|Films I Neglected To Review: A Friend In Deed
|by Peter Sobczynski
Please enjoy short reviews of "No Man's Land," "Our Friend," "The Salt of Tears" and "The White Tiger."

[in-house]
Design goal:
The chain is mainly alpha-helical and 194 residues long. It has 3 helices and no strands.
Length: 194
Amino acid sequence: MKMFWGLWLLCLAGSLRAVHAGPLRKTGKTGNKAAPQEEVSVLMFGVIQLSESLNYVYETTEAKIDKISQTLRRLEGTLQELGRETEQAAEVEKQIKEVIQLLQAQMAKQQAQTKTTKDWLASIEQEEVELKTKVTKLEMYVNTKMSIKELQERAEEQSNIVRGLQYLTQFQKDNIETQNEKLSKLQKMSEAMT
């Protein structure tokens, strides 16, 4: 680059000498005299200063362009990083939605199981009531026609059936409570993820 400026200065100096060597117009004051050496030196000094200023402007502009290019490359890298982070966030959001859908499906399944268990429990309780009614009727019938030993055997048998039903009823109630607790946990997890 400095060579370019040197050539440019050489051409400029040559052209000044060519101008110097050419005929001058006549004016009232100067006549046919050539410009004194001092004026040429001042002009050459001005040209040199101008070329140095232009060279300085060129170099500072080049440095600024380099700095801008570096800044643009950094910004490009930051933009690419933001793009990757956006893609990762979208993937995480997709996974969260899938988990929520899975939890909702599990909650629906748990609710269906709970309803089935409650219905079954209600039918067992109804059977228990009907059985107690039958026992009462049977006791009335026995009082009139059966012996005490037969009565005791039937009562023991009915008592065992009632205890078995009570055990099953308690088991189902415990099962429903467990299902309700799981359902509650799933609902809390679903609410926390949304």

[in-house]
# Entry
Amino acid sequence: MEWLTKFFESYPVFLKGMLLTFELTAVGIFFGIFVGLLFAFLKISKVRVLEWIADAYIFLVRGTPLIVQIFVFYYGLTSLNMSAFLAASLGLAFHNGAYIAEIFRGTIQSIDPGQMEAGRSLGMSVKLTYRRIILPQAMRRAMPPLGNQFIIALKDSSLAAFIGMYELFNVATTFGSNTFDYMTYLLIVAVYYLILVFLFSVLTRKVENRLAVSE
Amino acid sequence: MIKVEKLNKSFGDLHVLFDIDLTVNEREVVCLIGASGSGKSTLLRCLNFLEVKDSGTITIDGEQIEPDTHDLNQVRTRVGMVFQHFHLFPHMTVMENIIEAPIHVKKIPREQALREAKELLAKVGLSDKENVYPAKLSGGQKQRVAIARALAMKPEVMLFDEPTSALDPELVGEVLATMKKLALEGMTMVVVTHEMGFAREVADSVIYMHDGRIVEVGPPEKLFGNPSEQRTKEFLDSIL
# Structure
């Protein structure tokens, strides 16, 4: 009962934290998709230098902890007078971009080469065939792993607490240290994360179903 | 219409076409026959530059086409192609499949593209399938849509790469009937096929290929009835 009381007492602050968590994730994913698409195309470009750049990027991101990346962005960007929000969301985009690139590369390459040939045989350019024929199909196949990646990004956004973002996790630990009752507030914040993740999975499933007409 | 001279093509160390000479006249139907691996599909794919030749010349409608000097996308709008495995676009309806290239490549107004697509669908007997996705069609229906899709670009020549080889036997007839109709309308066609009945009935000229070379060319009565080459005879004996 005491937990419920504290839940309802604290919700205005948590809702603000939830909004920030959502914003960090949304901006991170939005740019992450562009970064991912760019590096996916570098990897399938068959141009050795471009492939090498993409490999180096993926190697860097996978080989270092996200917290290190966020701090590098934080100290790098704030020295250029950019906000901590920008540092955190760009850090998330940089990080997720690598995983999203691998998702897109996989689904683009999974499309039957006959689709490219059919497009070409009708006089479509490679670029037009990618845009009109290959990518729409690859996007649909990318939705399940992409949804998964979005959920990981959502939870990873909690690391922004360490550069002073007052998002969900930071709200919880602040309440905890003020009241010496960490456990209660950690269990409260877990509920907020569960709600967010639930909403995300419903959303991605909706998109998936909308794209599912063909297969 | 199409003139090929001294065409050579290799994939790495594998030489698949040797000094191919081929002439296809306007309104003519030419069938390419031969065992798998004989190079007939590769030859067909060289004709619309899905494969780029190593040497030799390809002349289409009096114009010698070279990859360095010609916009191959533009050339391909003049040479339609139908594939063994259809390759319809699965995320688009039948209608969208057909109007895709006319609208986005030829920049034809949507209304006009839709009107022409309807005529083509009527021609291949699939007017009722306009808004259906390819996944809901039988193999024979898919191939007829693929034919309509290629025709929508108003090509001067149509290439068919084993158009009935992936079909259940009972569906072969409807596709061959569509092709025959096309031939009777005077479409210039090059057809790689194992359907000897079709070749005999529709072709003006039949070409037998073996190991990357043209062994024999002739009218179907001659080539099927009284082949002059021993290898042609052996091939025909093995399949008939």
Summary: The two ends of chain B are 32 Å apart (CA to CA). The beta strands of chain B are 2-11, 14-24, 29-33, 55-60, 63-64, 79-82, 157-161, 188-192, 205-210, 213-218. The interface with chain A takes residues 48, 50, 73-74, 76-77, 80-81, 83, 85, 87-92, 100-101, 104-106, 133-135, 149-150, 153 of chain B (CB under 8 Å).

If good intentions were the only thing required to make a successful movie, "No Man's Land" would be an absolute must-see. Alas, there are numerous other elements that go into making such a thing and it is there that the film ultimately comes up short. The focus of the film is Jackson Greer (Jake Allyn, who co-wrote the screenplay with Davi Barraza), who, as the film opens, is about to leave his family's ranch on the Texas/Mexico border for the greener pastures of New York City. Because of the ranch's proximity to the border, immigrants from Mexico are frequently found using it as part of their crossing to America, much to the disdain and consternation of his parents (Frank Grillo and Andie MacDowell) and brother Lucas (Alex MacNicoll). While detaining yet another group one night, tensions boil over and Jackson winds up shooting a young Mexican boy to death. While Jackson's dad tries to take the blame for the shooting, the investigating Texas Ranger (George Lopez) sees right through it and when he comes to arrest Jackson for the crime, Jackson flees on horseback across the border into Mexico. There, he begins to make his way to the town where the dead child was from to offer his apologies to the boy's family and as he goes about his journey, it starts to dawn on him that Mexicans Are People Too. Meanwhile, the boy's dad (Jorge Jimenez) is pursuing Jackson in order to gain revenge, employing the violent and hotheaded coyote (Andres Delgado) who instigated the fatal incident in the first place.